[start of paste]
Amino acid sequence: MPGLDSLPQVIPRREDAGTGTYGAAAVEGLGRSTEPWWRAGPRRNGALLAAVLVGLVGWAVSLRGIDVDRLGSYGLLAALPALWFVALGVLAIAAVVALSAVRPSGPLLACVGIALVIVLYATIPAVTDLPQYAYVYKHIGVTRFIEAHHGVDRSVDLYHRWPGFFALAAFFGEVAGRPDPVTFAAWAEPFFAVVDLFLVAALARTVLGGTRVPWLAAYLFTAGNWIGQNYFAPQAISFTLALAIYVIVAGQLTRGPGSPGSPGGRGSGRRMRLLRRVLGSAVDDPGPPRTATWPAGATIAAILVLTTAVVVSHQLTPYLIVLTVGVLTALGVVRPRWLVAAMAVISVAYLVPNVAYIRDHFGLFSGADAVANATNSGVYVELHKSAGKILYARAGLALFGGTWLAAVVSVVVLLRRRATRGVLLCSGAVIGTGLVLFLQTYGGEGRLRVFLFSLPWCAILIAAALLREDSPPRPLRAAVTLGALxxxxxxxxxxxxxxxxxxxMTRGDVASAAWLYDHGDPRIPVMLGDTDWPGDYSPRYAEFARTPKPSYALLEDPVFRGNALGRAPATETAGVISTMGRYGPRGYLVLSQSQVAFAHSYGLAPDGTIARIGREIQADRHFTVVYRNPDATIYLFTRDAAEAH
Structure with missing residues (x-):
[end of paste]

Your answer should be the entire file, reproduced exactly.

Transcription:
Amino acid sequence: MPGLDSLPQVIPRREDAGTGTYGAAAVEGLGRSTEPWWRAGPRRNGALLAAVLVGLVGWAVSLRGIDVDRLGSYGLLAALPALWFVALGVLAIAAVVALSAVRPSGPLLACVGIALVIVLYATIPAVTDLPQYAYVYKHIGVTRFIEAHHGVDRSVDLYHRWPGFFALAAFFGEVAGRPDPVTFAAWAEPFFAVVDLFLVAALARTVLGGTRVPWLAAYLFTAGNWIGQNYFAPQAISFTLALAIYVIVAGQLTRGPGSPGSPGGRGSGRRMRLLRRVLGSAVDDPGPPRTATWPAGATIAAILVLTTAVVVSHQLTPYLIVLTVGVLTALGVVRPRWLVAAMAVISVAYLVPNVAYIRDHFGLFSGADAVANATNSGVYVELHKSAGKILYARAGLALFGGTWLAAVVSVVVLLRRRATRGVLLCSGAVIGTGLVLFLQTYGGEGRLRVFLFSLPWCAILIAAALLREDSPPRPLRAAVTLGALxxxxxxxxxxxxxxxxxxxMTRGDVASAAWLYDHGDPRIPVMLGDTDWPGDYSPRYAEFARTPKPSYALLEDPVFRGNALGRAPATETAGVISTMGRYGPRGYLVLSQSQVAFAHSYGLAPDGTIARIGREIQADRHFTVVYRNPDATIYLFTRDAAEAH
Structure with missing residues (x-):